Swedish naturalist Anders Sparrman first described this species in 1779. He was an apostle of the father of modern taxonomy, Carl Linnaeus.
The Cape Buffalo is not an ancestor of domestic cattle. Instead, it is a distant relative of other larger bovines. Its unforeseeable temperament proves that this mammal has never been domesticated, unlike a Water Buffalo—a buffalo species native to India, Southeast Asia, and China. As a member of Africa’s Big Five game animals, the Cape Buffalo is a sought-after trophy for hunters.
Even though they are widely distributed across the African continent, there appears to be an imminent extinction of this species. Therefore, the International Union for Conservation of Nature (IUCN) Red List listed this species as Near Threatened.
Its nine levels of scientific classification are as follows:
Species: S. caffer
Subspecies: S. c. caffer
The physical description of a Cape Buffalo
The Cape Buffalo is a massive mammal with even-toed ungulates. It is characterized by their lean, stocky build and massive horns. Both male and female Cape Buffalos have horns with no ridges. Just on top of their rounded hooves are dewclaws. Its shoulder height ranges from 1 to 1.7 m, whereas its head-and-body length measures from 1.7 to 3.4 m. Compared to other large bovids, a Cape Buffalo has a stocky body and short, thickset legs that makes them short in height. An adult Cape Buffalo can weigh from 500 to 1,000 kg. Males are heavier than females.
It has a black or dark brown coat. Older Cape Buffalos sometimes posses whitish circles that surround their eyes and face. Female Cape Buffalos have reddish coats. Meanwhile, a characteristic feature of a male Cape Buffalo is its horns—the horn bases are very close, forming a shield that is called a “boss.” From the base, the horns separate downwards, then curves upwards and outwards.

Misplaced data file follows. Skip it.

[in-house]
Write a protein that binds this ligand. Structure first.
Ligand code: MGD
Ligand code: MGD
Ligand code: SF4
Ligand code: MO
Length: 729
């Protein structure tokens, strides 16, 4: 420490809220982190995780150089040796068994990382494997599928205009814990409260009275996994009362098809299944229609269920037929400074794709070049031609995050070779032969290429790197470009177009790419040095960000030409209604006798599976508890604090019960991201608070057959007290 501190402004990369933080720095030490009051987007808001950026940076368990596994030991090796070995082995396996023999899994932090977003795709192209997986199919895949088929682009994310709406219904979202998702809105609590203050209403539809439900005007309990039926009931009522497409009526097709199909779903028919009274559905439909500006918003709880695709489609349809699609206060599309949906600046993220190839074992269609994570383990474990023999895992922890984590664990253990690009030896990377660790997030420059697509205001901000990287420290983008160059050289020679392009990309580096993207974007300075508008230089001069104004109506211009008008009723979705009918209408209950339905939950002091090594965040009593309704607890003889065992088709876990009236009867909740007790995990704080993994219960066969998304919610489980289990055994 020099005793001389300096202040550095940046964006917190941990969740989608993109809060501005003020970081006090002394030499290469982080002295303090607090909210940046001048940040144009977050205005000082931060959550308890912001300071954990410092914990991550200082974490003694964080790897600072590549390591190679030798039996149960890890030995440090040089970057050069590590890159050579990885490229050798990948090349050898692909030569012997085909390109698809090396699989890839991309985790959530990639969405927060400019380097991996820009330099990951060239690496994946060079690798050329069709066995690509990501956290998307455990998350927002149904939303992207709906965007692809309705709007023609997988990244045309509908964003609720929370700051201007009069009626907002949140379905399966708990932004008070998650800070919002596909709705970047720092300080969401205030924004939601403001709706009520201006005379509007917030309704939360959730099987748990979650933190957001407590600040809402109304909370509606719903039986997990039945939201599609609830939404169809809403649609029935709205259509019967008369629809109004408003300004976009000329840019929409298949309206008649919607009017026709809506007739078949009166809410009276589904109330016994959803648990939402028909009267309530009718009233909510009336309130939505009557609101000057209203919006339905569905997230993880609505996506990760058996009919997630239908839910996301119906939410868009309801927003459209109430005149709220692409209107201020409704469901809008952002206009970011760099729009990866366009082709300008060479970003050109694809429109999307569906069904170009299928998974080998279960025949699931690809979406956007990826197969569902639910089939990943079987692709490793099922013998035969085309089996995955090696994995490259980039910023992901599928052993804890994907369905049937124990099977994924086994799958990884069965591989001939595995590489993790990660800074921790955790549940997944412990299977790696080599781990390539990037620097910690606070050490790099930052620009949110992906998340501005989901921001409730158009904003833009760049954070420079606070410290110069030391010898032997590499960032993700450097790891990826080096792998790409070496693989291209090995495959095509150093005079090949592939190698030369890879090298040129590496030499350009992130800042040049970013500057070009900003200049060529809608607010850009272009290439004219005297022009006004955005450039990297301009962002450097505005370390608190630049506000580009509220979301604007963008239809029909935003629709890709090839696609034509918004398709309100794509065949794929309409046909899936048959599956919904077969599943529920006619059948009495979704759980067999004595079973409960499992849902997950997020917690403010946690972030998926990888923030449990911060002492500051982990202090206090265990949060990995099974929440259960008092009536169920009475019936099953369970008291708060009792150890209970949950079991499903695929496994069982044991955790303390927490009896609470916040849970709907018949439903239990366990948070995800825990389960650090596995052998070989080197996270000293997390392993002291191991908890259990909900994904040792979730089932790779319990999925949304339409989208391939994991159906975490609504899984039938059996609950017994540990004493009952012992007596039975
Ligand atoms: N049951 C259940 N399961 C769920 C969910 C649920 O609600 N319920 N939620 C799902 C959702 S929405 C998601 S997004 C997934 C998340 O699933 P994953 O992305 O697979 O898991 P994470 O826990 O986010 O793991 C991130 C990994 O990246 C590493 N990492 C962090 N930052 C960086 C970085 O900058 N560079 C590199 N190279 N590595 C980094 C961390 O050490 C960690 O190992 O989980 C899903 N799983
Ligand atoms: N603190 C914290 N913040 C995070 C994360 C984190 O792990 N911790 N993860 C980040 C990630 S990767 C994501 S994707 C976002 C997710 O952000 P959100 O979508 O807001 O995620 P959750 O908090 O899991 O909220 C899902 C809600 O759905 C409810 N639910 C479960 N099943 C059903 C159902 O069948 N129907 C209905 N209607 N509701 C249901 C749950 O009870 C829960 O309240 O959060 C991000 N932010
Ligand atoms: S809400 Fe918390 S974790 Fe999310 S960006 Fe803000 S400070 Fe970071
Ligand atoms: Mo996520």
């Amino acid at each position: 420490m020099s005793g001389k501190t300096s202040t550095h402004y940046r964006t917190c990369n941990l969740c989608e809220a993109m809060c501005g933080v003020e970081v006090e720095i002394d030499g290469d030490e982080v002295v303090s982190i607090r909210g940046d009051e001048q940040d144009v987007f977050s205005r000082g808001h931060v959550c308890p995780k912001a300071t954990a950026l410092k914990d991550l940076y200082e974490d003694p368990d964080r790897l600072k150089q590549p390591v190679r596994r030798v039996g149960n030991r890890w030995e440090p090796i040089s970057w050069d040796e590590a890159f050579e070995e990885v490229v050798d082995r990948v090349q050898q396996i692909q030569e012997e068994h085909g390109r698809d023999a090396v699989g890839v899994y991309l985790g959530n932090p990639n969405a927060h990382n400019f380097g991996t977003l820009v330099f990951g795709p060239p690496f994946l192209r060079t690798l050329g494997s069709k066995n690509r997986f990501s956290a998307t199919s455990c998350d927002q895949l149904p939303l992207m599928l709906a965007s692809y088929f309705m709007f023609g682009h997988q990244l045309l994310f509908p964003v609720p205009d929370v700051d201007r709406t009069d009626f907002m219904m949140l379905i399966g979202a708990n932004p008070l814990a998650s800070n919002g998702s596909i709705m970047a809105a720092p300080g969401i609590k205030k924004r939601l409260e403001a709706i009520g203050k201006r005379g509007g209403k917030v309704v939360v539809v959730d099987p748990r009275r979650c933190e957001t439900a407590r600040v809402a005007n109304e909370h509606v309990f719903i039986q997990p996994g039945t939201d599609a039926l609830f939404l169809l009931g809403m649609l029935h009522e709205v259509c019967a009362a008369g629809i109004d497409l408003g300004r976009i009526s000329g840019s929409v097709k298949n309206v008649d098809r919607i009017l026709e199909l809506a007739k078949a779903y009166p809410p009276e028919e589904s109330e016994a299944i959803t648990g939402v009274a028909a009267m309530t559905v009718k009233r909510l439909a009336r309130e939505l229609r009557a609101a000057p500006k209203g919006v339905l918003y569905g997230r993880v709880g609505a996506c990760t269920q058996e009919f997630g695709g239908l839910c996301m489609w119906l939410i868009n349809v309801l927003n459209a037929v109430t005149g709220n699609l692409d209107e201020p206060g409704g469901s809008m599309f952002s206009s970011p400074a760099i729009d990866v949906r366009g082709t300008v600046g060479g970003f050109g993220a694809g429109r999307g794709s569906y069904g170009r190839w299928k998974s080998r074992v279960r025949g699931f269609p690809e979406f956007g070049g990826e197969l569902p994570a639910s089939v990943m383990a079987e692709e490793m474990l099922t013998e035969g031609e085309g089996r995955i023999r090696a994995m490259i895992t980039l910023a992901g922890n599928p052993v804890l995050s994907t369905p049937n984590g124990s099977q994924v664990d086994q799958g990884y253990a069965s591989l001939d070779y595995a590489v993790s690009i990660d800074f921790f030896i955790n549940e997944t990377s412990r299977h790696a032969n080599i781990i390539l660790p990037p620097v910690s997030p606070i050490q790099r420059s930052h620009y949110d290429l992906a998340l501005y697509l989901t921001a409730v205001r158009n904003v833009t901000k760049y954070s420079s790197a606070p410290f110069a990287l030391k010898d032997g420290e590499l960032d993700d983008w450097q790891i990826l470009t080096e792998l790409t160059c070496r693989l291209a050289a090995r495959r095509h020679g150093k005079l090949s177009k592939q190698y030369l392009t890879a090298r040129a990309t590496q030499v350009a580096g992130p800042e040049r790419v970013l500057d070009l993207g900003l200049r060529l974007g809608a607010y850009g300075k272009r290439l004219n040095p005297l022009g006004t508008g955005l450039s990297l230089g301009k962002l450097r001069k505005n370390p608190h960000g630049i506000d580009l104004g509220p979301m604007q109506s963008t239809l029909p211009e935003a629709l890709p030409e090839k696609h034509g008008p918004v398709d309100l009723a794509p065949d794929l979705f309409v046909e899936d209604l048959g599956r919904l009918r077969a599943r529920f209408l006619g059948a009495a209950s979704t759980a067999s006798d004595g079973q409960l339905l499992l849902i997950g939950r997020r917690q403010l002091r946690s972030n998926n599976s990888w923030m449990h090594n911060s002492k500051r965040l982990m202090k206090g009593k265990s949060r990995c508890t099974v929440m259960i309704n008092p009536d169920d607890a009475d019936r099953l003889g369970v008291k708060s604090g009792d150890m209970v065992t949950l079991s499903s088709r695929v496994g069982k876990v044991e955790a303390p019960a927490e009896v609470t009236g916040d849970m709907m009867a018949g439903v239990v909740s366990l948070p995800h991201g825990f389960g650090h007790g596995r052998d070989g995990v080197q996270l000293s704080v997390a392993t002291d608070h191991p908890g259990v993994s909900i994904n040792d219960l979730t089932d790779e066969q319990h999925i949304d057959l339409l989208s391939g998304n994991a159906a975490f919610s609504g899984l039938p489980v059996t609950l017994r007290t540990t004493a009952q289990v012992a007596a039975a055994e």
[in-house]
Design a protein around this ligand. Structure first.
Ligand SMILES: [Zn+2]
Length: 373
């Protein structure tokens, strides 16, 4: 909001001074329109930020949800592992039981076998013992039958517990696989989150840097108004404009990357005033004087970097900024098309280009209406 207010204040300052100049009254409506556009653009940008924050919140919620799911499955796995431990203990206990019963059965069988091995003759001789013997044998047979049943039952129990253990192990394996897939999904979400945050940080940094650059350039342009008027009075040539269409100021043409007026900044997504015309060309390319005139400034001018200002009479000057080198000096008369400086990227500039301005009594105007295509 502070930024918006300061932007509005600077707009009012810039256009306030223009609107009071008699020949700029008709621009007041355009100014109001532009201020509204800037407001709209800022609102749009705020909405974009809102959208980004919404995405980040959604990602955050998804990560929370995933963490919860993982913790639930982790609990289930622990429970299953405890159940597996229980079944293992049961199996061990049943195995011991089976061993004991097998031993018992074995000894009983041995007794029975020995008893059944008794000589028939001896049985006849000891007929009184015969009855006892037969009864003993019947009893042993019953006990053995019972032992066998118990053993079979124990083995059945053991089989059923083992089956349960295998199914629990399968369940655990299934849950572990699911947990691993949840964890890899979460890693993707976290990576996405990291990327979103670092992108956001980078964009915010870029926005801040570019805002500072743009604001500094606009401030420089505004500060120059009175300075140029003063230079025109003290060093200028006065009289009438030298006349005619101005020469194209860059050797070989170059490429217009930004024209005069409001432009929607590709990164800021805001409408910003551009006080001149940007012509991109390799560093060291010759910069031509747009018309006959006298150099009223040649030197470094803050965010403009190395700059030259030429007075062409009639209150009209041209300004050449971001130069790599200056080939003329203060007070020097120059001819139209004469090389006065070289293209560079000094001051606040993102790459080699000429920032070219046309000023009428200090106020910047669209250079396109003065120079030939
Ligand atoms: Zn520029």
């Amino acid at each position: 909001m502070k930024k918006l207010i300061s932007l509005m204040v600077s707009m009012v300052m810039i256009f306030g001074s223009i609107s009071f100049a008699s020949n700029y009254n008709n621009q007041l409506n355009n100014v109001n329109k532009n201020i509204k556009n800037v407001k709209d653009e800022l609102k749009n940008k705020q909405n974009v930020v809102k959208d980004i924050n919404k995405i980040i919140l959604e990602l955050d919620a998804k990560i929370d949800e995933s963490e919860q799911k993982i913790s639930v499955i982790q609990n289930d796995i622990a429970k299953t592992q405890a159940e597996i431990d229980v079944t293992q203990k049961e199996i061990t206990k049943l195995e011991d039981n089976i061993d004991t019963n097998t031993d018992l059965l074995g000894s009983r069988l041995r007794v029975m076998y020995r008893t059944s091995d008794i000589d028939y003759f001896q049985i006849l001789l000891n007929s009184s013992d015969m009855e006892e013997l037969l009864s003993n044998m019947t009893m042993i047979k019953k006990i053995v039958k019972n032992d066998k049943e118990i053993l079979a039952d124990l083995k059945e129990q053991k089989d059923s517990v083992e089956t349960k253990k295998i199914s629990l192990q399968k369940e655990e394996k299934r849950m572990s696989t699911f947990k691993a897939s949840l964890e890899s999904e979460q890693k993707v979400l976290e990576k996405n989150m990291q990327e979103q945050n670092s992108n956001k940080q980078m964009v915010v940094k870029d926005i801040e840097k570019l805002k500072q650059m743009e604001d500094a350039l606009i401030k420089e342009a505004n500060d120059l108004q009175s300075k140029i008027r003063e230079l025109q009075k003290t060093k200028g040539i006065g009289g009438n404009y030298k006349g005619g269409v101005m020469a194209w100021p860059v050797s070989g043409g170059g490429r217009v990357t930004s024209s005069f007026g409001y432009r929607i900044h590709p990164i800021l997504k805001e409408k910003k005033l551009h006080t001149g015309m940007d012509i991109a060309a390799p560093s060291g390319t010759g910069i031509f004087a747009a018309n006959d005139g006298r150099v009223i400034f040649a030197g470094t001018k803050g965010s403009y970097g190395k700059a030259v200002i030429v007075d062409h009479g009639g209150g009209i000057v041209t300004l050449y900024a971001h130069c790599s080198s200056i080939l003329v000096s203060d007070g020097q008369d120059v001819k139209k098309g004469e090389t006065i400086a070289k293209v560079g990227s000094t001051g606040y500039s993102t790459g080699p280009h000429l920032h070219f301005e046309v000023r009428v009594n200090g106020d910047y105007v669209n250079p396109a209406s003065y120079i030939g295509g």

The distribution and habitat of Cape Buffalos
Cape Buffalos are native to east and southern Africa, particularly in southwest Ethiopia, Kenya, Rwanda, Uganda, Tanzania, Malawi, Zambia, and some parts of South Africa. The distribution is sparse in countries like Mozambique, Angola, and Swaziland.
This species can practically take refuge in any habitat as long as it has perennial water and grass source. Cape Buffalos are found in lowland forests, lowland rainforests, grasslands, montane forests, Acacia grasslands, coastal savannas, woodland savannas, plains, and semi-arid bushlands. They also prefer habitats with dense covers like thickets and reeds.
The behavior of a Cape Buffalo
Cape Buffalos form herds that mainly consist of females and their offspring. Herds have subherds, which consist of subordinate males, high-ranking individuals, and old ones. Young male Cape Buffalos tend to keep their distance from dominant bulls, which typically have thick horns.
The breeding season happens during the rainy season. The birth peak occurs early in the aforementioned season, while mating peaks later. Once a cow (female Cape Buffalo) is in heat, a bull will closely guard her, keeping other bulls away. This situation can be quite difficult for both sexes, as cows tend to be more evasive when in heat, thus attracting more bulls. By a cow attains full estrus stage, the herd's most dominant bull would be the cow’s mate.
The cow will undergo a gestation period of 11.5 months. Newborns remain hidden for the first few weeks before joining the herd. Their mothers will take good care of them until they are independent enough to live on their own. It is observed that cows and their offspring form stronger, exceptional maternal bonds than other bovids.
The diet of a Cape Buffalo
This species is a grazer, primarily relying on grasses and sedges for nutrition. They feed on various types of grasses. They spend an ample amount of time chewing their cud or bolus to maximize the nutrients that they are getting.
WILDLIFE PARKS AND RESERVES WHERE THIS SPECIES IS FOUND: